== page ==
Slovaks choose between pro-Russian ex-PM Fico and pro-Western liberals
Slovaks were voting on Saturday in a parliamentary election closely fought between former leftist prime minister Robert Fico, who has pledged to end military aid for neighbouring Ukraine, and pro-Western liberals.
Final opinion polls showed the two parties in dead heat, with the winner expected to get the first chance to try and form a new government to replace a caretaker administration running the country of 5.5 million since May.
A government led by Fico would mean Slovakia joining Hungary as EU countries challenging the bloc's consensus on support for Ukraine, just as the European Union looks to keep unity in opposing Russia's invasion.
It would also add to a bloc of eastern ex-Communist states with governments publicly hostile to liberalism, along with Poland's nationalist PiS, which also faces an election next month, though Poland remains pro-Ukrainian.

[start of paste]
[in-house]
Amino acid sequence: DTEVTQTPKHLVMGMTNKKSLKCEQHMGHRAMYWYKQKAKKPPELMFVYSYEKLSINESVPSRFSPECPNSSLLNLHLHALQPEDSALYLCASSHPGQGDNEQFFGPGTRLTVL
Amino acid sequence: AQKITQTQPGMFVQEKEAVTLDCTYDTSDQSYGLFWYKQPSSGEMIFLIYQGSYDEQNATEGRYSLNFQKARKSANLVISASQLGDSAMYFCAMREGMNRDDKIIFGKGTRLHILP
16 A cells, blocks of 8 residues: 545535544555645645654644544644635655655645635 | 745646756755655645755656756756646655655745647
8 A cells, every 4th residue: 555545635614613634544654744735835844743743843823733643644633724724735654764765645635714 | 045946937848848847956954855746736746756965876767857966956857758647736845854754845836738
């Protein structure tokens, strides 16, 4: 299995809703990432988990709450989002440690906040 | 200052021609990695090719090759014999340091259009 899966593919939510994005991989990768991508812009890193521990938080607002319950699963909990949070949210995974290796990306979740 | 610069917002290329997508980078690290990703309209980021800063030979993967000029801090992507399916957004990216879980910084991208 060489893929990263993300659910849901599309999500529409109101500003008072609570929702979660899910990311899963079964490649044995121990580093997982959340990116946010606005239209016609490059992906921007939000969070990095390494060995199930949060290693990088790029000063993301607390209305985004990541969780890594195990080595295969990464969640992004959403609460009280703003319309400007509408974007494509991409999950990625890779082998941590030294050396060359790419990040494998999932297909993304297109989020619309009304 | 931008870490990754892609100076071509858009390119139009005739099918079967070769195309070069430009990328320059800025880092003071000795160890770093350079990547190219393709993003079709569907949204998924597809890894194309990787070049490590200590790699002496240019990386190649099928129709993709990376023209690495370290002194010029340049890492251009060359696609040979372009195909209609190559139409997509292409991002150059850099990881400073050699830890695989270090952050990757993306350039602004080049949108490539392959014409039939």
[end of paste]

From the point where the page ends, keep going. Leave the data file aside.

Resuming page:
A Progresivne Slovensko (Progressive Slovakia, PS) government would stay the course on foreign policy, keeping Slovakia's strong backing for Ukraine and putting the country in a pro-integration and liberal camp in the EU on issues such as majority voting to make the bloc more flexible, green policies and LGBT rights.
Neither Fico's SMER-SSD (Direction-Slovak Social Democracy) nor the PS, led by European Parliament Vice-Chairman Michal Simecka, is expected to win a majority, meaning the future government is likely to depend on results for over half a dozen smaller parties, from libertarians to far-right extremists.